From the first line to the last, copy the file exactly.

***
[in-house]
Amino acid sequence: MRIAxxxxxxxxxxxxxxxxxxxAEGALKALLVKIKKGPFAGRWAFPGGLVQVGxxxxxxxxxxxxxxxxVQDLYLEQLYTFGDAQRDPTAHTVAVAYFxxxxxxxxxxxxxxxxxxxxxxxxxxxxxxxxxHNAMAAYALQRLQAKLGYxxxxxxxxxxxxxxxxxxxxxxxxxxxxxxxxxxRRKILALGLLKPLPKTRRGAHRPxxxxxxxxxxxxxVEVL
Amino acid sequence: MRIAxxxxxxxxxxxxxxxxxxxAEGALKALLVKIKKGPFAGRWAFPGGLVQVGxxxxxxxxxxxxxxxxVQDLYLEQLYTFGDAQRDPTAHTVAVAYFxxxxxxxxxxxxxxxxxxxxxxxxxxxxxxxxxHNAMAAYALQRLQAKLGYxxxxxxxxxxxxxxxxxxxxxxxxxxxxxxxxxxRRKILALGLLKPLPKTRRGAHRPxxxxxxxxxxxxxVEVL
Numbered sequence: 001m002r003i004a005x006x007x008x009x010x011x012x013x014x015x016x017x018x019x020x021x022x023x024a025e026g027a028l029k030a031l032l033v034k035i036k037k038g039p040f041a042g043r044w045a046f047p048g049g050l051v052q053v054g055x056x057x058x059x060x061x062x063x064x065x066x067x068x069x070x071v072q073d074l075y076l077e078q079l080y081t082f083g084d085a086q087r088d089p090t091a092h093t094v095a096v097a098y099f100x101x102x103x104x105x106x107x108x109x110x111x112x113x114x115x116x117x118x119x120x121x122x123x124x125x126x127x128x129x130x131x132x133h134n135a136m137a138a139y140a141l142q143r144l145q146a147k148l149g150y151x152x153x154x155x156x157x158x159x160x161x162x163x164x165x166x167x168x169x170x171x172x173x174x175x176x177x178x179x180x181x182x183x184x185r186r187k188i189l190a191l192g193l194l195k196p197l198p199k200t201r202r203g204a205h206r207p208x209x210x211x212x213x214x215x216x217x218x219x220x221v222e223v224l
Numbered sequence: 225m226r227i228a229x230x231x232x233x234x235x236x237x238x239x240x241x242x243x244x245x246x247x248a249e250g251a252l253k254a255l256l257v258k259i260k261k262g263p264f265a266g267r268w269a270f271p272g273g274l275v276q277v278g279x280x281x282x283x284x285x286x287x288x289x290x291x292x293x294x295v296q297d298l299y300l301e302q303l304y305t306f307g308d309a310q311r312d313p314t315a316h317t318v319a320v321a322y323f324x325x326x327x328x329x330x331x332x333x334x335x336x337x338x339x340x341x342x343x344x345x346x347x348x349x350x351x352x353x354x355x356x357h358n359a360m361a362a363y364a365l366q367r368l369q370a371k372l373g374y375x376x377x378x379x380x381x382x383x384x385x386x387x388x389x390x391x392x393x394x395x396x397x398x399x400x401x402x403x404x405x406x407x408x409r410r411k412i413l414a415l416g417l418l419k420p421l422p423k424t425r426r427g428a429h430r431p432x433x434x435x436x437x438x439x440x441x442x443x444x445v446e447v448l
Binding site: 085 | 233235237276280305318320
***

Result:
[in-house]
Amino acid sequence: MRIAxxxxxxxxxxxxxxxxxxxAEGALKALLVKIKKGPFAGRWAFPGGLVQVGxxxxxxxxxxxxxxxxVQDLYLEQLYTFGDAQRDPTAHTVAVAYFxxxxxxxxxxxxxxxxxxxxxxxxxxxxxxxxxHNAMAAYALQRLQAKLGYxxxxxxxxxxxxxxxxxxxxxxxxxxxxxxxxxxRRKILALGLLKPLPKTRRGAHRPxxxxxxxxxxxxxVEVL
Amino acid sequence: MRIAxxxxxxxxxxxxxxxxxxxAEGALKALLVKIKKGPFAGRWAFPGGLVQVGxxxxxxxxxxxxxxxxVQDLYLEQLYTFGDAQRDPTAHTVAVAYFxxxxxxxxxxxxxxxxxxxxxxxxxxxxxxxxxHNAMAAYALQRLQAKLGYxxxxxxxxxxxxxxxxxxxxxxxxxxxxxxxxxxRRKILALGLLKPLPKTRRGAHRPxxxxxxxxxxxxxVEVL
Numbered sequence: 001m002r003i004a005x006x007x008x009x010x011x012x013x014x015x016x017x018x019x020x021x022x023x024a025e026g027a028l029k030a031l032l033v034k035i036k037k038g039p040f041a042g043r044w045a046f047p048g049g050l051v052q053v054g055x056x057x058x059x060x061x062x063x064x065x066x067x068x069x070x071v072q073d074l075y076l077e078q079l080y081t082f083g084d085a086q087r088d089p090t091a092h093t094v095a096v097a098y099f100x101x102x103x104x105x106x107x108x109x110x111x112x113x114x115x116x117x118x119x120x121x122x123x124x125x126x127x128x129x130x131x132x133h134n135a136m137a138a139y140a141l142q143r144l145q146a147k148l149g150y151x152x153x154x155x156x157x158x159x160x161x162x163x164x165x166x167x168x169x170x171x172x173x174x175x176x177x178x179x180x181x182x183x184x185r186r187k188i189l190a191l192g193l194l195k196p197l198p199k200t201r202r203g204a205h206r207p208x209x210x211x212x213x214x215x216x217x218x219x220x221v222e223v224l
Numbered sequence: 225m226r227i228a229x230x231x232x233x234x235x236x237x238x239x240x241x242x243x244x245x246x247x248a249e250g251a252l253k254a255l256l257v258k259i260k261k262g263p264f265a266g267r268w269a270f271p272g273g274l275v276q277v278g279x280x281x282x283x284x285x286x287x288x289x290x291x292x293x294x295v296q297d298l299y300l301e302q303l304y305t306f307g308d309a310q311r312d313p314t315a316h317t318v319a320v321a322y323f324x325x326x327x328x329x330x331x332x333x334x335x336x337x338x339x340x341x342x343x344x345x346x347x348x349x350x351x352x353x354x355x356x357h358n359a360m361a362a363y364a365l366q367r368l369q370a371k372l373g374y375x376x377x378x379x380x381x382x383x384x385x386x387x388x389x390x391x392x393x394x395x396x397x398x399x400x401x402x403x404x405x406x407x408x409r410r411k412i413l414a415l416g417l418l419k420p421l422p423k424t425r426r427g428a429h430r431p432x433x434x435x436x437x438x439x440x441x442x443x444x445v446e447v448l
Binding site: 085 | 233235237276280305318320